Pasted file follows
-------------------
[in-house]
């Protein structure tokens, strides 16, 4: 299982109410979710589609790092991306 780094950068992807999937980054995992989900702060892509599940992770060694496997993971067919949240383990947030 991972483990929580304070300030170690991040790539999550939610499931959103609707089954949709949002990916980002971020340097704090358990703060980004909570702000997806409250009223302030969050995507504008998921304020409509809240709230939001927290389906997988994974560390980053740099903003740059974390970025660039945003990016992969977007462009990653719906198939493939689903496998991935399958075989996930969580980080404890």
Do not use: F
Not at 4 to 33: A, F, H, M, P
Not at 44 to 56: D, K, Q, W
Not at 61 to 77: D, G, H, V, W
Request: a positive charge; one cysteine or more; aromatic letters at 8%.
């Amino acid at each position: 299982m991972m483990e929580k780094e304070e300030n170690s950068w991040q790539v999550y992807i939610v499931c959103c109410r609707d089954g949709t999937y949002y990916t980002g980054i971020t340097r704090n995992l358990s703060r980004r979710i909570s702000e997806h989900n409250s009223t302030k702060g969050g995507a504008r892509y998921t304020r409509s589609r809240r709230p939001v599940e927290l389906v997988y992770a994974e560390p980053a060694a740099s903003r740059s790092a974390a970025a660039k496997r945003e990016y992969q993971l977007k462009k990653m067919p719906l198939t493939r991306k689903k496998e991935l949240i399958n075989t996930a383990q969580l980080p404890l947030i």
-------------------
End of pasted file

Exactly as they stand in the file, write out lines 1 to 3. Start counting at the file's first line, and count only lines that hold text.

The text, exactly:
[in-house]
């Protein structure tokens, strides 16, 4: 299982109410979710589609790092991306 780094950068992807999937980054995992989900702060892509599940992770060694496997993971067919949240383990947030 991972483990929580304070300030170690991040790539999550939610499931959103609707089954949709949002990916980002971020340097704090358990703060980004909570702000997806409250009223302030969050995507504008998921304020409509809240709230939001927290389906997988994974560390980053740099903003740059974390970025660039945003990016992969977007462009990653719906198939493939689903496998991935399958075989996930969580980080404890």
Do not use: F